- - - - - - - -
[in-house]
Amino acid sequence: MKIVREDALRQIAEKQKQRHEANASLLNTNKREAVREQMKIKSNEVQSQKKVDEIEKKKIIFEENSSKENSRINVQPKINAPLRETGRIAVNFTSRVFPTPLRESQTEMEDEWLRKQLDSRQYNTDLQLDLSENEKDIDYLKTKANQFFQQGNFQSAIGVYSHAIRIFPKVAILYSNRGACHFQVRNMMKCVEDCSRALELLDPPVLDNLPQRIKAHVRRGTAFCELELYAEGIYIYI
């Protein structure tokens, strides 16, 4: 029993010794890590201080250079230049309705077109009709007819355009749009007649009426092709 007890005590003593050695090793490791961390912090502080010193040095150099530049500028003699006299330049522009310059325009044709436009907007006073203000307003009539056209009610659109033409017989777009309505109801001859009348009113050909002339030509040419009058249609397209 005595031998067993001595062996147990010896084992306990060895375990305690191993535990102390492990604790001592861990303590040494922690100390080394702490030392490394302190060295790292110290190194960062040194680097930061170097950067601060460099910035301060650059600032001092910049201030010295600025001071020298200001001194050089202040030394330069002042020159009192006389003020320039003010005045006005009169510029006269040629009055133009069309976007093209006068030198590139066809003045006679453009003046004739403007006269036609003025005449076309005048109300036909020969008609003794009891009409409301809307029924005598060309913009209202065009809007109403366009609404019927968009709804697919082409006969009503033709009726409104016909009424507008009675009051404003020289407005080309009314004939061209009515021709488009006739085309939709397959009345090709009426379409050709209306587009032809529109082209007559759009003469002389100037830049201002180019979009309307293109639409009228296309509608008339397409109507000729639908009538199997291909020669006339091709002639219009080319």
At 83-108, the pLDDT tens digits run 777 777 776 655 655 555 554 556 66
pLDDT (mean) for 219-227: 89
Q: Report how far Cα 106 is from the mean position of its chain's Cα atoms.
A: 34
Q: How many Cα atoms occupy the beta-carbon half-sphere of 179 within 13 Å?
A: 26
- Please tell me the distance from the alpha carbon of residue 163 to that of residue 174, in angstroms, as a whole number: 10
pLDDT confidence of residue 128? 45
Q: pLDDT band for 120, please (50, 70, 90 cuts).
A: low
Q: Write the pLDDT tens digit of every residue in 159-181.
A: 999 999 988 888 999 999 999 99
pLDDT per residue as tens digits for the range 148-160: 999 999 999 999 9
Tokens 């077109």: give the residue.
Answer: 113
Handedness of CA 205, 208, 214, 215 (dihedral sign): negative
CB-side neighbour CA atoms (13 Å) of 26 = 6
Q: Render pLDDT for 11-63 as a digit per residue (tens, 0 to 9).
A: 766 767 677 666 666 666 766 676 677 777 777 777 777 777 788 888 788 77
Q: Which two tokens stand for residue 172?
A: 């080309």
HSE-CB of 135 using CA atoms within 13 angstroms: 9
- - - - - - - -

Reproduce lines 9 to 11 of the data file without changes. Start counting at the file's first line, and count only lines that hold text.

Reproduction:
A: 26
- Please tell me the distance from the alpha carbon of residue 163 to that of residue 174, in angstroms, as a whole number: 10
pLDDT confidence of residue 128? 45